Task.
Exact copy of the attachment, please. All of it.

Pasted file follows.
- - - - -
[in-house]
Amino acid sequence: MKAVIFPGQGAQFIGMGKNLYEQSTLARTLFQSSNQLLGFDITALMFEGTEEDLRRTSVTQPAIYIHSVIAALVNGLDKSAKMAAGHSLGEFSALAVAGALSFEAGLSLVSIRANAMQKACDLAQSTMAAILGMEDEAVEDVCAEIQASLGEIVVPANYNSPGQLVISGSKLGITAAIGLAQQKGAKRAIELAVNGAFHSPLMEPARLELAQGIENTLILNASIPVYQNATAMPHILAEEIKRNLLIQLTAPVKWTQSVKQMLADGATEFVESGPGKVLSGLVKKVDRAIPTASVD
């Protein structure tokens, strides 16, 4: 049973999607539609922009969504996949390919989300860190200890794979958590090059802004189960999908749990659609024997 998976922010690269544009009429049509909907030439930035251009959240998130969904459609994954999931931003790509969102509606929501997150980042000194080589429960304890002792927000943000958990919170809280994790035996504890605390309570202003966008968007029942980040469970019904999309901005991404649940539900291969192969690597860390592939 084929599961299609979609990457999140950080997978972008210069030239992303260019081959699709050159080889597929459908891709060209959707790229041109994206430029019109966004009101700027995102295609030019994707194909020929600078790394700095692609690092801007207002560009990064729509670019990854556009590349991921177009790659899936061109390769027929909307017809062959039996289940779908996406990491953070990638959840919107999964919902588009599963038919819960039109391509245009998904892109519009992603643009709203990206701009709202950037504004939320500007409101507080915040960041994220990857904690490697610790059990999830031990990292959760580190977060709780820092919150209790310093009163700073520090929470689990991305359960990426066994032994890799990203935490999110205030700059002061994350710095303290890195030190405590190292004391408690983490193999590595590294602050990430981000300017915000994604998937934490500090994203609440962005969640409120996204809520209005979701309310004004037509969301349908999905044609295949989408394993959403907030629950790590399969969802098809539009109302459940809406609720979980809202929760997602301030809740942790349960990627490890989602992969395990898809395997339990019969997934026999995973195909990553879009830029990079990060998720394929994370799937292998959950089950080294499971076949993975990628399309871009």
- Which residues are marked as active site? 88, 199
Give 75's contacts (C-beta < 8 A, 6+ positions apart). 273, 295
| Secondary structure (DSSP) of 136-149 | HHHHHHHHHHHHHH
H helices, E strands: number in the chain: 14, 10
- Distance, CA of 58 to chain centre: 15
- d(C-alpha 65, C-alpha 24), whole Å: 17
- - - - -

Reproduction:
[in-house]
Amino acid sequence: MKAVIFPGQGAQFIGMGKNLYEQSTLARTLFQSSNQLLGFDITALMFEGTEEDLRRTSVTQPAIYIHSVIAALVNGLDKSAKMAAGHSLGEFSALAVAGALSFEAGLSLVSIRANAMQKACDLAQSTMAAILGMEDEAVEDVCAEIQASLGEIVVPANYNSPGQLVISGSKLGITAAIGLAQQKGAKRAIELAVNGAFHSPLMEPARLELAQGIENTLILNASIPVYQNATAMPHILAEEIKRNLLIQLTAPVKWTQSVKQMLADGATEFVESGPGKVLSGLVKKVDRAIPTASVD
């Protein structure tokens, strides 16, 4: 049973999607539609922009969504996949390919989300860190200890794979958590090059802004189960999908749990659609024997 998976922010690269544009009429049509909907030439930035251009959240998130969904459609994954999931931003790509969102509606929501997150980042000194080589429960304890002792927000943000958990919170809280994790035996504890605390309570202003966008968007029942980040469970019904999309901005991404649940539900291969192969690597860390592939 084929599961299609979609990457999140950080997978972008210069030239992303260019081959699709050159080889597929459908891709060209959707790229041109994206430029019109966004009101700027995102295609030019994707194909020929600078790394700095692609690092801007207002560009990064729509670019990854556009590349991921177009790659899936061109390769027929909307017809062959039996289940779908996406990491953070990638959840919107999964919902588009599963038919819960039109391509245009998904892109519009992603643009709203990206701009709202950037504004939320500007409101507080915040960041994220990857904690490697610790059990999830031990990292959760580190977060709780820092919150209790310093009163700073520090929470689990991305359960990426066994032994890799990203935490999110205030700059002061994350710095303290890195030190405590190292004391408690983490193999590595590294602050990430981000300017915000994604998937934490500090994203609440962005969640409120996204809520209005979701309310004004037509969301349908999905044609295949989408394993959403907030629950790590399969969802098809539009109302459940809406609720979980809202929760997602301030809740942790349960990627490890989602992969395990898809395997339990019969997934026999995973195909990553879009830029990079990060998720394929994370799937292998959950089950080294499971076949993975990628399309871009």
- Which residues are marked as active site? 88, 199
Give 75's contacts (C-beta < 8 A, 6+ positions apart). 273, 295
| Secondary structure (DSSP) of 136-149 | HHHHHHHHHHHHHH
H helices, E strands: number in the chain: 14, 10
- Distance, CA of 58 to chain centre: 15
- d(C-alpha 65, C-alpha 24), whole Å: 17